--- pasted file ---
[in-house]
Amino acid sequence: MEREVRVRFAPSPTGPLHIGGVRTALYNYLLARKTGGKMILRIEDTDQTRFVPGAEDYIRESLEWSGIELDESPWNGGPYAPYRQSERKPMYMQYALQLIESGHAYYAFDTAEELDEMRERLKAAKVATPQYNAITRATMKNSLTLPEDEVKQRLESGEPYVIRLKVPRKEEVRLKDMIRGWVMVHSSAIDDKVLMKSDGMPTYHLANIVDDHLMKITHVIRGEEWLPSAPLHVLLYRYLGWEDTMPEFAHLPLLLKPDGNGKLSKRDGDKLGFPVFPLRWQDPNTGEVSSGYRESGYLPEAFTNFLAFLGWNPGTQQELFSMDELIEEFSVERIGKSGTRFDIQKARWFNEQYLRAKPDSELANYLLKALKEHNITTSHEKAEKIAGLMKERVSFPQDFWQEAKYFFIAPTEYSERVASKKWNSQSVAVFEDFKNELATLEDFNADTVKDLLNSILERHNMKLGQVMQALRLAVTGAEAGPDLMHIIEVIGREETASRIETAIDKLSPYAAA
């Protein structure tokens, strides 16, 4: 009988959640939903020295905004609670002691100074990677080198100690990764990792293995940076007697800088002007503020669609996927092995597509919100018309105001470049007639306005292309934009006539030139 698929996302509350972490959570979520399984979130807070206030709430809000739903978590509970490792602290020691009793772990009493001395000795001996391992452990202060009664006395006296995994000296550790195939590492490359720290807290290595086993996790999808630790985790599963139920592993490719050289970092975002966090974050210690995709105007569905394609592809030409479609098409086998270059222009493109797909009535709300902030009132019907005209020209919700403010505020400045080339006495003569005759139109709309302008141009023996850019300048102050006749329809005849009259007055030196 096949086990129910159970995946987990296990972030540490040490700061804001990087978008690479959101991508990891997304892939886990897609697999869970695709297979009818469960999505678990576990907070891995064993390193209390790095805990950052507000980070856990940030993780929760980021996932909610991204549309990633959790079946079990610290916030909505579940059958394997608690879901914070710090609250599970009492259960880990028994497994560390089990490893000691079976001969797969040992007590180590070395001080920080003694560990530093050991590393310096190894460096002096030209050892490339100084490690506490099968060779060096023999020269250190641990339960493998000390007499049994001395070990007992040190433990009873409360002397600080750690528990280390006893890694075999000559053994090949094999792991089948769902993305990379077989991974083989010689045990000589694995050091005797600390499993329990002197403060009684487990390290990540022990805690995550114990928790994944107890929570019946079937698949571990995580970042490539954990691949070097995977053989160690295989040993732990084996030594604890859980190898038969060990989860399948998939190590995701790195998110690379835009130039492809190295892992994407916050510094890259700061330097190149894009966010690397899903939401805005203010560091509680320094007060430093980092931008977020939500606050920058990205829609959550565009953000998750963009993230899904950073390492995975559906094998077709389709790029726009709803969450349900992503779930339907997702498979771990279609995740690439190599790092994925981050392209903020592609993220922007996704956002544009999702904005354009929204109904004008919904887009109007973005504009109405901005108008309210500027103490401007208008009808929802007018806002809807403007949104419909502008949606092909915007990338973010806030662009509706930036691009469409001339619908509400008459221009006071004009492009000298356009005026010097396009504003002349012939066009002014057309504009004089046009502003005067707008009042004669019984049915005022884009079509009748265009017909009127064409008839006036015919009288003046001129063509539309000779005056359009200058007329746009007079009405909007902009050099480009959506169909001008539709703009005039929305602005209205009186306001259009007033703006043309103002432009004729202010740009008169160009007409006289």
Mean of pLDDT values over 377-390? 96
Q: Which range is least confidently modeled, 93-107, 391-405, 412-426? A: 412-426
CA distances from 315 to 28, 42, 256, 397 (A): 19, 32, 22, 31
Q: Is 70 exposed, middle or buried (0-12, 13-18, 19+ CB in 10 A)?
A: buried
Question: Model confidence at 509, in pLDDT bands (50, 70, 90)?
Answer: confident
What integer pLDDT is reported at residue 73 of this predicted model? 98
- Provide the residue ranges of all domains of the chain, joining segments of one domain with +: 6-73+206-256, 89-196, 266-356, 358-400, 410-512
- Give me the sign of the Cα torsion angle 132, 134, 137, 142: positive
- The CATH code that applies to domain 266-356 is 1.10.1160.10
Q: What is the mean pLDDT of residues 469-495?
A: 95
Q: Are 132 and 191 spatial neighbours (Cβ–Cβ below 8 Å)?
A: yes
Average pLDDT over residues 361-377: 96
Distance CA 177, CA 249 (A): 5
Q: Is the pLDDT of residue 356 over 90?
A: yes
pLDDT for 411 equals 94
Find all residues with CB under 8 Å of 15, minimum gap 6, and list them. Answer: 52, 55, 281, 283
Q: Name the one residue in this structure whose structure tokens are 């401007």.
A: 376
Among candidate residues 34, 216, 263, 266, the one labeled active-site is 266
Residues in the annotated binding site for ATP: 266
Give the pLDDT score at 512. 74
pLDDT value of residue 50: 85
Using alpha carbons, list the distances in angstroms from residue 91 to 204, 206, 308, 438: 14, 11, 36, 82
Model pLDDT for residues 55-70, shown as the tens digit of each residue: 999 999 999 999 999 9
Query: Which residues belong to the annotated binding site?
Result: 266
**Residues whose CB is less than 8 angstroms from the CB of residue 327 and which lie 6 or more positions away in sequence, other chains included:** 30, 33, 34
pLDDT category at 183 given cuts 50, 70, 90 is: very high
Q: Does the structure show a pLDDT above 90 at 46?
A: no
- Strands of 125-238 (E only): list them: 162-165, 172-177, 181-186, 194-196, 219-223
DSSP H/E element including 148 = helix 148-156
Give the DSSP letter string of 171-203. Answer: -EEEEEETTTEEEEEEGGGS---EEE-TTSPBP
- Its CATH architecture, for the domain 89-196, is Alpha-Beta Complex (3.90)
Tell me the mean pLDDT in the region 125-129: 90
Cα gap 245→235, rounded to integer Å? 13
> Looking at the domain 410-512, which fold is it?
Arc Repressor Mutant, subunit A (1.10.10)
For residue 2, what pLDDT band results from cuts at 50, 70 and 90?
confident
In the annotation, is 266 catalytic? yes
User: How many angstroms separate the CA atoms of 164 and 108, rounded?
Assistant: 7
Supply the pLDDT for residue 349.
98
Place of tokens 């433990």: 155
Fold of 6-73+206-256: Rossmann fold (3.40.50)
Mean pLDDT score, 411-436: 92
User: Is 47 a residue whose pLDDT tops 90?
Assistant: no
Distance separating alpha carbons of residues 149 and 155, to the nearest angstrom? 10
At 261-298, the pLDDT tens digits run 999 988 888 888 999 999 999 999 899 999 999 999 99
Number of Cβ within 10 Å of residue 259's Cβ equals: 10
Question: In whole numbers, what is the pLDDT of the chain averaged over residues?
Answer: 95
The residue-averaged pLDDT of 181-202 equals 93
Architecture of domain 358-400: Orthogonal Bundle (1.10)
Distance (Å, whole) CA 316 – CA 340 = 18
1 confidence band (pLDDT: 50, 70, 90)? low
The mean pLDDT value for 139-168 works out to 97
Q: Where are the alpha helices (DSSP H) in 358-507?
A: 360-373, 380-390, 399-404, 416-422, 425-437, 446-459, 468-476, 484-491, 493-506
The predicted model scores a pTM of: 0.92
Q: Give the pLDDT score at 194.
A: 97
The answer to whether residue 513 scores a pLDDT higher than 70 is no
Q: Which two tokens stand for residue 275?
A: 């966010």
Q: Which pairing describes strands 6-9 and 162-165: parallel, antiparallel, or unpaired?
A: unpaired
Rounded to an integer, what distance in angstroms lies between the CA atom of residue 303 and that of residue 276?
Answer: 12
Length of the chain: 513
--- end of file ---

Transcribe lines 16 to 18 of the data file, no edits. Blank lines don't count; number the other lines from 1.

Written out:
A: 95
Q: Are 132 and 191 spatial neighbours (Cβ–Cβ below 8 Å)?
A: yes